Lately, investing in banks has become as chancy as having a flutter on the Grand National horserace - hard to resist but a bit of a mug's game. False starts, steward inquiries and the financial district-equivalent of leaping 30 fences - all enlivened by thundering competition. And, if that's not heart-stopping enough, there's always the risk of becoming a casualty along the way.
But investors, like punters, still harbor the hope of backing an unlikely winner. The trade in contingent convertible bonds or "CoCos" -- a hybrid of debt and equity -- has become one of the more fashionable bits of riding gear in the City, as traders, hedge funds and banks all try to pull off a risky bet. But, while the returns can be high, so too can the carnage that CoCos cause.
KPMG's latest assessment of the British banking industry highlights the increasing difficulty of juggling regulators, government and investors while 80 percent of profits still going towards remediation costs.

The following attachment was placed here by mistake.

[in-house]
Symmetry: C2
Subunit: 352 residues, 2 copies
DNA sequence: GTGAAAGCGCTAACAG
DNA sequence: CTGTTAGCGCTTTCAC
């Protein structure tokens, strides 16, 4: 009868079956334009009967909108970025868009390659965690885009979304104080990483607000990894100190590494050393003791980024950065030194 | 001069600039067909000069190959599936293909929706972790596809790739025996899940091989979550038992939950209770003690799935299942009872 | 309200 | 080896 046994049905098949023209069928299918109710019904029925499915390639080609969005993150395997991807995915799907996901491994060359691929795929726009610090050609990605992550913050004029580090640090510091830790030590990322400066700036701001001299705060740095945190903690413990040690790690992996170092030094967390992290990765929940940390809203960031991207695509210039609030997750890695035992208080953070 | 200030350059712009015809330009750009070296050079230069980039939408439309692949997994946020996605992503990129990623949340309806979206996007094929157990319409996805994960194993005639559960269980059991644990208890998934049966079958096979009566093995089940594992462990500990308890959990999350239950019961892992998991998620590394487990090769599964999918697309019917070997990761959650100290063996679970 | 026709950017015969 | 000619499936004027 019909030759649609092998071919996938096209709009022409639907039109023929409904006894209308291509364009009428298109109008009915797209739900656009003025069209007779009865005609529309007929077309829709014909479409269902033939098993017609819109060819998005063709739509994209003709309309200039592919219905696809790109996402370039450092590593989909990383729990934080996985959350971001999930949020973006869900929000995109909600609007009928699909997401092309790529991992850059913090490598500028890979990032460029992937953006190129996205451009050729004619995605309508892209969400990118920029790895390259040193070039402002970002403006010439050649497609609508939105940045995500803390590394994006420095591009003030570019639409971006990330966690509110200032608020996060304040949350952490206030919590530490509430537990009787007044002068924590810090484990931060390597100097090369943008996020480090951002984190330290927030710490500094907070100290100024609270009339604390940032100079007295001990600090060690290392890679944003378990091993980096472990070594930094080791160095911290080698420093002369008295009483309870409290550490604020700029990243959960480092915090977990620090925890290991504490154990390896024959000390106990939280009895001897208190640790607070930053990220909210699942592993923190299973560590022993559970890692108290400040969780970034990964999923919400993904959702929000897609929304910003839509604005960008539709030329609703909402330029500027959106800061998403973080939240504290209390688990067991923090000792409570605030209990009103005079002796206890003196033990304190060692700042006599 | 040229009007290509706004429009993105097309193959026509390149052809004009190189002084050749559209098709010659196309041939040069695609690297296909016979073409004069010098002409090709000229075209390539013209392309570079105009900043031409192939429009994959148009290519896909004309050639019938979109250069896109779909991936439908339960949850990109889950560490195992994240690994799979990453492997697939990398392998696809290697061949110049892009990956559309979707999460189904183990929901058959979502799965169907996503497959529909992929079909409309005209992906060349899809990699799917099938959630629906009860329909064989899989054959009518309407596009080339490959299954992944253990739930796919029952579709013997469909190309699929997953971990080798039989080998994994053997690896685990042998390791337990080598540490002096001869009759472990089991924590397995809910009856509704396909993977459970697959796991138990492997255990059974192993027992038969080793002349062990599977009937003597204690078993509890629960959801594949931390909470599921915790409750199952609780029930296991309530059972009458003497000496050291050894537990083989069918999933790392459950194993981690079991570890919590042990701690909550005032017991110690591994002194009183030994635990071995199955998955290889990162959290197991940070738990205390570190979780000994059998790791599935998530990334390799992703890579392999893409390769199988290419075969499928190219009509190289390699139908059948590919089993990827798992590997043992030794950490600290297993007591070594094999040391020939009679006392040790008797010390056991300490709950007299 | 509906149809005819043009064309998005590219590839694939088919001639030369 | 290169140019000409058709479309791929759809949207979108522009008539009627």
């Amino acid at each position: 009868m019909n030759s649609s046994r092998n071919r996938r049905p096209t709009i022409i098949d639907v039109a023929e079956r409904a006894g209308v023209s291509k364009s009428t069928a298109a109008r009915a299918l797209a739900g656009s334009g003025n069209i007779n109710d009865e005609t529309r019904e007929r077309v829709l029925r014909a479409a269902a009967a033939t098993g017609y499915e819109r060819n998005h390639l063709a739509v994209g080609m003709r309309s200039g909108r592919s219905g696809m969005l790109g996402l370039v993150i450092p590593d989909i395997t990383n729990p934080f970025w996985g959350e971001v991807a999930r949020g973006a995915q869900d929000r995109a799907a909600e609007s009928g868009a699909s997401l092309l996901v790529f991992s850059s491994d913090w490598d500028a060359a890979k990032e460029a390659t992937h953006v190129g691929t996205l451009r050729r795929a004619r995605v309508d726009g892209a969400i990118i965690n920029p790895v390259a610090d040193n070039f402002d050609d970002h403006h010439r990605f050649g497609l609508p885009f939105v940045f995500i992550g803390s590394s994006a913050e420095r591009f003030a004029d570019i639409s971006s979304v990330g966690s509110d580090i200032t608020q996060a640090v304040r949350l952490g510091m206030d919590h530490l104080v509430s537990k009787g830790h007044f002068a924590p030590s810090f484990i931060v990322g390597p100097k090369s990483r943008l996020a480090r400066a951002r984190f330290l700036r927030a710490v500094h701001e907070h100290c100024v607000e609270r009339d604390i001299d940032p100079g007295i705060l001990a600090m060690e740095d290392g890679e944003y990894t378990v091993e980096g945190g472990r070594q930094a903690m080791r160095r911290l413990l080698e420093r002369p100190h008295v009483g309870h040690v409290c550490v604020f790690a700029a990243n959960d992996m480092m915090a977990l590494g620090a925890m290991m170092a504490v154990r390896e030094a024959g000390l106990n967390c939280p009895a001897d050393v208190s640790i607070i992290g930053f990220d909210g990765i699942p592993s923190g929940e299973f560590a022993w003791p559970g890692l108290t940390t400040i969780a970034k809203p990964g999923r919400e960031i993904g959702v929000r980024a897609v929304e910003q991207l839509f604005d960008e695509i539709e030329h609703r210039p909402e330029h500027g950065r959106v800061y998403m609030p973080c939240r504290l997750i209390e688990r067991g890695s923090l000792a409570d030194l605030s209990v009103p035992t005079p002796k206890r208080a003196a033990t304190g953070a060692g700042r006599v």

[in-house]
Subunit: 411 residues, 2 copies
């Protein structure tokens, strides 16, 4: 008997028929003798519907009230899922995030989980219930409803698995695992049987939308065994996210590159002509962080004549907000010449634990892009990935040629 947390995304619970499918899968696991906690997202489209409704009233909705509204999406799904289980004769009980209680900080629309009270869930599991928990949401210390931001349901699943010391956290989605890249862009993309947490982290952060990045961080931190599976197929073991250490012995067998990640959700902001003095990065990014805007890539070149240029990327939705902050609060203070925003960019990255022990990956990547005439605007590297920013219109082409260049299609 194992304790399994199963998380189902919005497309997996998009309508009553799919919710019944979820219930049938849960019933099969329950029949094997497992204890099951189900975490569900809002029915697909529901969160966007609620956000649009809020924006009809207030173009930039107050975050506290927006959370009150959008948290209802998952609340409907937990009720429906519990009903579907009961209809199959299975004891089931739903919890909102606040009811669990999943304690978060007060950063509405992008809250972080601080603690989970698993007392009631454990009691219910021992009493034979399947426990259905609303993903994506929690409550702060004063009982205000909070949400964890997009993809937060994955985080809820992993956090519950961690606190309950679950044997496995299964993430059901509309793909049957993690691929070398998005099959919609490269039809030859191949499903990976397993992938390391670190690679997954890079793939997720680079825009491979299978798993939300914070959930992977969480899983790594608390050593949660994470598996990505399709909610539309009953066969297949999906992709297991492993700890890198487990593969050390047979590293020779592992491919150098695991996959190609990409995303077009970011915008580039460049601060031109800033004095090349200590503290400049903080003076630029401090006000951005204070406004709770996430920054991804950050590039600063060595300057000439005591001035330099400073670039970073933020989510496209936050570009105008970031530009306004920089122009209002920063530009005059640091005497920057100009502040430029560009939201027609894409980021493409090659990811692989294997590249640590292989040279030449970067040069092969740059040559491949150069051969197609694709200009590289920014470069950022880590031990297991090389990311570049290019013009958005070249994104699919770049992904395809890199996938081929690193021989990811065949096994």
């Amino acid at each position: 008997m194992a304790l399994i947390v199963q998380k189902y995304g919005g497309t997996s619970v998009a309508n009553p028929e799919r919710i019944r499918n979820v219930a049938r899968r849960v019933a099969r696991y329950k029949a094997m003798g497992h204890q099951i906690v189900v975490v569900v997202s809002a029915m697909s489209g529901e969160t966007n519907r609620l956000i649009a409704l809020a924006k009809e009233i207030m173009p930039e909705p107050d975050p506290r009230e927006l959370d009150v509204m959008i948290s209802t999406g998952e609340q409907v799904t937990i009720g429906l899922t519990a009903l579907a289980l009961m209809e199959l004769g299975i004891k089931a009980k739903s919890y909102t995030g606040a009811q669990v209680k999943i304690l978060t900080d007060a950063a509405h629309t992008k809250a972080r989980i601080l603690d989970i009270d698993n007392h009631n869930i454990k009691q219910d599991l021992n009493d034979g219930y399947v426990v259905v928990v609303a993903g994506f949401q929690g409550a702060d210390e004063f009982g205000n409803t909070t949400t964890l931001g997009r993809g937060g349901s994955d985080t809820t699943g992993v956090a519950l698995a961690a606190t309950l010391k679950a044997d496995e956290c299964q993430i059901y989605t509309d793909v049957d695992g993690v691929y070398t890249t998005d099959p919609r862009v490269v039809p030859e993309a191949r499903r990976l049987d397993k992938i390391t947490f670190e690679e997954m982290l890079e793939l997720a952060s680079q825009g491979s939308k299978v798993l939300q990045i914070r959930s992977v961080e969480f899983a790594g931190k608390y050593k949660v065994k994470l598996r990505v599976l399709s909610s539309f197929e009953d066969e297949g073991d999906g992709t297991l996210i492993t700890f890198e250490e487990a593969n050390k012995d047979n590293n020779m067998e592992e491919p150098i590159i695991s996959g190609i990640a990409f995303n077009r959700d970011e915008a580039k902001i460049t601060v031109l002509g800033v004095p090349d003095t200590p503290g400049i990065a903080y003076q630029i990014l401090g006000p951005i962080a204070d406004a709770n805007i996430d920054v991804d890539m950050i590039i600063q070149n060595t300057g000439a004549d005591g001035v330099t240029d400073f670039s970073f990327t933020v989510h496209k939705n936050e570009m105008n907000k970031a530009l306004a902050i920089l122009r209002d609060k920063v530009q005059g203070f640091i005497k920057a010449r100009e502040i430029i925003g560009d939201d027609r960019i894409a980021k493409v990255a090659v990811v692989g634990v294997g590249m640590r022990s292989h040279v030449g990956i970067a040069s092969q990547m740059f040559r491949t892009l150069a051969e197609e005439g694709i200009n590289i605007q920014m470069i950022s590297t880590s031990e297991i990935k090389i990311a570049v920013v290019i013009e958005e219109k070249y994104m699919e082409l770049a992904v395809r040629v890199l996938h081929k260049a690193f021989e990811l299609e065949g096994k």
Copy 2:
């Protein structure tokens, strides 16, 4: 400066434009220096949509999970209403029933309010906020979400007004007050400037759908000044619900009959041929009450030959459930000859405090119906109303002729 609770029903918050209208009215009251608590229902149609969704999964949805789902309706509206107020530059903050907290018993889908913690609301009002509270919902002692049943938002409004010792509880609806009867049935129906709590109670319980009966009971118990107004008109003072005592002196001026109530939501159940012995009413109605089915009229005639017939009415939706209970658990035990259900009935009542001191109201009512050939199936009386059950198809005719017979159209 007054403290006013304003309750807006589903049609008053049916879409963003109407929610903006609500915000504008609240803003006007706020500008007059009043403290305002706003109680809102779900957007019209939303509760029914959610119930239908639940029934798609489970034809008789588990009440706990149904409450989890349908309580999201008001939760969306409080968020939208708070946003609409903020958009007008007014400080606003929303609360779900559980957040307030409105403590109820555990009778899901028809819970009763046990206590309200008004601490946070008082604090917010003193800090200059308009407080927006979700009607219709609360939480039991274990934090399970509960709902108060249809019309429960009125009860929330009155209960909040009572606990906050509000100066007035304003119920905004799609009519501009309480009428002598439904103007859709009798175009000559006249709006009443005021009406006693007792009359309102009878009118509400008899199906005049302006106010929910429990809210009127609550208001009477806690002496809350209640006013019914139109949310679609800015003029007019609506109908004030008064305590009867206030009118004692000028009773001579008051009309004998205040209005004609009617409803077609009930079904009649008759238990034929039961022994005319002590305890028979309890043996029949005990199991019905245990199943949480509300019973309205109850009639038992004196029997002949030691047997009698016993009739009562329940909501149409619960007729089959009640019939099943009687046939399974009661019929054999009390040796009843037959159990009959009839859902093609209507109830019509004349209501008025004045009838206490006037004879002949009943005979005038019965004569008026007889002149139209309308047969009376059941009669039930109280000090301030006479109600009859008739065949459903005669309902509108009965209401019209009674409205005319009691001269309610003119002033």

The CoCo market has doubled in size this year already, with some commentators expecting it to balloon to more than £200 billion ($332 billion) within 5 years. At this pace of growth, this particular financial innovation could become a problem for the industry, creating systemic risk and panic if they ever get called.
CoCos are sold as bonds that pay very lucrative interest rates. What makes them different to conventional debt is that if an issuer, such as a bank, has a shortage of capital, then CoCos transform into equity. Theoretically, this means that the bank has an emergency capital buffer that deflects problems.